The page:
Black market – Official GDP estimates may not take into account the black market, where the money spent is not registered, and the non-monetary economy, where no money comes into play at all, resulting in inaccurate or abnormally low GDP figures. For example, in countries with major business transactions occurring informally, portions of local economy are not easily registered. Bartering may be more prominent than the use of money, even extending to services (I helped you build your house ten years ago, so now you help me).

    One main problem in estimating GDP growth over time is that the purchasing power of money varies in different proportion for different goods, so when the GDP figure is deflated over time, GDP growth can vary greatly depending on the basket of goods used and the relative proportions used to deflate the GDP figure. For example, in the past 80 years the GDP per capita of the United States if measured by purchasing power of potatoes, did not grow significantly. But if it is measured by the purchasing power of eggs, it grew several times.

    So exactly the things people do when they avoid taxes are excluded. Then, using a percent measure on it neatly avoids the predominant effect of a tax cut: growth in the absolute economic production. The benefit is by definition hidden. Not acceptable at all.

    Look, income tax receipts go up all the time, year after year. They went up under Reagan. So what! Maybe they went up because of inflation, maybe because of the (increasing) deficit, maybe (even) because of the tax rate cut. But they did not increase as a percentage of national income: They declined. Case closed.

    Replky: Interesting that you presented an argument based on percent of (some) GDP tax RATE and now you are shifting to an assertion about tax RECEIPTS. Not equivalent concepts. Also you drag in inflation (one of the defects in GDP) and then color with a ‘deficit’ that somehow magically increases receipts… Deficit is unrelated to receipts (other than spending what you didn’t get in receipts can increase the deficit). This is a confused paragraph at best confounding all sorts of distractors. Finally, you shift from GDP to “national income” (look up GNI – National Income is a completely different economic statistic). “Case Closed”? Not with that dogs breakfast of scatter. -EMS

    I don’t think you are trying very hard to be fair. Maybe it’s a waste of my time trying to convince you of your error, but facts are facts and they won’t go away, regardless of your beliefs.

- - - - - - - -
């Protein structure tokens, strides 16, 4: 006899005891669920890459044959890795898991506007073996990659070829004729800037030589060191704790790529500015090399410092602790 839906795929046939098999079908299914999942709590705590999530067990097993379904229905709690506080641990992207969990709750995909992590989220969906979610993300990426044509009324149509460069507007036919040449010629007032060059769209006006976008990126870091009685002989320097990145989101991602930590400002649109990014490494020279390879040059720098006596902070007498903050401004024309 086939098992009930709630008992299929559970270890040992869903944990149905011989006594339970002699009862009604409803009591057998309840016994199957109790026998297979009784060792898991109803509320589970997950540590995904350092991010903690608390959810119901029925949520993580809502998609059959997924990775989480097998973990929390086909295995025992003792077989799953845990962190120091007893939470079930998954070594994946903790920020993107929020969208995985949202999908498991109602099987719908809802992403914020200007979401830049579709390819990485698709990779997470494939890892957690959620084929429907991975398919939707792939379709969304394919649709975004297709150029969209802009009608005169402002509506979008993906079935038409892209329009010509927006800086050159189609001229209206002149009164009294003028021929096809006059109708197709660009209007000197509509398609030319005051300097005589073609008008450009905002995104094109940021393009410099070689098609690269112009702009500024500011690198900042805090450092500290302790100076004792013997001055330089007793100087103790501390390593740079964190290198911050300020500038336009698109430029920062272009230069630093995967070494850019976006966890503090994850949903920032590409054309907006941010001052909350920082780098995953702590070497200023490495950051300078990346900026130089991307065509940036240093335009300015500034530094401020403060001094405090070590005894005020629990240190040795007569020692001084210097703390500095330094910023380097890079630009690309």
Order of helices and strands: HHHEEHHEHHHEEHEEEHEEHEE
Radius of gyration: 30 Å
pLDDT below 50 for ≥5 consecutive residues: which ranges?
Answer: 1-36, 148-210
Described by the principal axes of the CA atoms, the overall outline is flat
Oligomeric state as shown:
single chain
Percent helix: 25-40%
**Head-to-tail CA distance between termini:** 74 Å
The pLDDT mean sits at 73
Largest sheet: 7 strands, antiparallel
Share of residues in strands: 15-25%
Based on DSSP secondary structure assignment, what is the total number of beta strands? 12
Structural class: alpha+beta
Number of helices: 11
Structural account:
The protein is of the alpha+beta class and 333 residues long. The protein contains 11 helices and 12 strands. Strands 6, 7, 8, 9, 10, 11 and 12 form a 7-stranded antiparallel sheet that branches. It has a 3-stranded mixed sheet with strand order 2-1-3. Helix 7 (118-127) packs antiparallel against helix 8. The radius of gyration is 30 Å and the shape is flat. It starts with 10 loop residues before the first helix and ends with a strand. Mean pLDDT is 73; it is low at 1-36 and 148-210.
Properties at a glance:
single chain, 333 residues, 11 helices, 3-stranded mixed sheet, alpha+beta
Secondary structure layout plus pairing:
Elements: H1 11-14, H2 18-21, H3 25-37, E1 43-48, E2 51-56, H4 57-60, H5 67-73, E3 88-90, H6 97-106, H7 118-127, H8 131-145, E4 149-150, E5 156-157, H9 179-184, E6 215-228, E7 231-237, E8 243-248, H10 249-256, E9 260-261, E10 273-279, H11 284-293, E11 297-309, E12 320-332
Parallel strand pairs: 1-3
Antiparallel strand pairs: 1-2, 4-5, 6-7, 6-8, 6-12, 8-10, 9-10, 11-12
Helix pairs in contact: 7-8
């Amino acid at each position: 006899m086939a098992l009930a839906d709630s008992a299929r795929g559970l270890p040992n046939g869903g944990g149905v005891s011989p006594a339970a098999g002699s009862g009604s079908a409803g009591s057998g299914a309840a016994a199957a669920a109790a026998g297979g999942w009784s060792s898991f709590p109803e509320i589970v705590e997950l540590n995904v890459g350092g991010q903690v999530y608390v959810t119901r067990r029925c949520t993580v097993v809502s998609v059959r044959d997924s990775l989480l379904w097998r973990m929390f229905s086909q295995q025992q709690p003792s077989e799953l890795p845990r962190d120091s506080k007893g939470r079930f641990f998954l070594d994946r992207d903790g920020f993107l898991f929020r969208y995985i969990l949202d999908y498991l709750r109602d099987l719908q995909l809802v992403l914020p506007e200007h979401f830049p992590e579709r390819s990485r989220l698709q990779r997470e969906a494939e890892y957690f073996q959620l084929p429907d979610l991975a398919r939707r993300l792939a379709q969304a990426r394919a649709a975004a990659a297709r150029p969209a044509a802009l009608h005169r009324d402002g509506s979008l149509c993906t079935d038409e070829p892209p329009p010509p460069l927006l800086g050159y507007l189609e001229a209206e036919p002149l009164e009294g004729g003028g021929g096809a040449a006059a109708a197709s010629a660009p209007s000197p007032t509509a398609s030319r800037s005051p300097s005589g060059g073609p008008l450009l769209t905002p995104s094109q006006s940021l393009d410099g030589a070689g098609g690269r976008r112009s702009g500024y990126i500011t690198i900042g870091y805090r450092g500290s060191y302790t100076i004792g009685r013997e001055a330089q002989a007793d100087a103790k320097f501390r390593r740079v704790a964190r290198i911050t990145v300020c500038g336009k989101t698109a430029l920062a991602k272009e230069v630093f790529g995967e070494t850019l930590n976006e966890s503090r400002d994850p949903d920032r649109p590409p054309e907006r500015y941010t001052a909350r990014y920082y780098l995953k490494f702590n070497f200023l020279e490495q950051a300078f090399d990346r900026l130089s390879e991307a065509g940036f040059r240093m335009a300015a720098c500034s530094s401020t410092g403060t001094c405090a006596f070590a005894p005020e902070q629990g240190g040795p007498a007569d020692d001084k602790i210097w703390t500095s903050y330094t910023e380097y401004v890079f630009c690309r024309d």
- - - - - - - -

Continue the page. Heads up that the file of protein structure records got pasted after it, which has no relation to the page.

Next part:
Reply: I endevor to always be fair. I don’t try, I do, or don’t do. Trying is for folks who expect to fail at what they endevor. Since I have not made an error, yes, it is a waste of your time to try to find it or try to convince me of it. Especially when you are sloppy with econonic terms. -EMS

    And, to boot, you are resorting to insult.
    And yes, I know a great deal about the “Laugher” curve, possibly more than you. I’m not nearly as stupid or ignorant as you seem to think. Maybe you need to read more carefully.

    So, in essence, you wish to toss out the entire Laffer Curve? That’s the implication of your argument and the use of the misspelling of the name of it ‘for effect’. Good luck with that. Since at zero tax rate there is zero tax and at 100% tax rate there will be near zero tax as the economy halts, and now we are at non-zero tax revenue, it’s pretty clear there IS such a curve. Oh, and I don’t “resort” to insult. I use it to entertain myself so this isn’t a complete waste of my time. Also note, since you can have no idea how “stupid or ignorant” I think you are, you can make no comparative about that quantity.

    But, to the argument, I presented example data from the Reagan years, in keeping with the deffinition of the Laffer Curve. You presented a statistic about a statistic (though unclear on which version of that statistc) that excludes the particular effect of interest. I suggest re-reading about the Laffer Curve, GDP definitions, and tax revenues. -EMS

  14. Gary says:

    The flaw that led to the demise of the U.S. Constitution as an effect control on governmental abuse of the citizenry was the Judiciary. More thought should have gone into how to prevent them from making law.

  15. Serioso says:

    Which GDP, you ask. It really doesn’t matter, so long as you use the same dollars for tax receipts and national product. Use constant dollars or use current dollars, the result is the same if you use the same type of dollar in numerator and denominator. That’s one of the advantages of using ratios.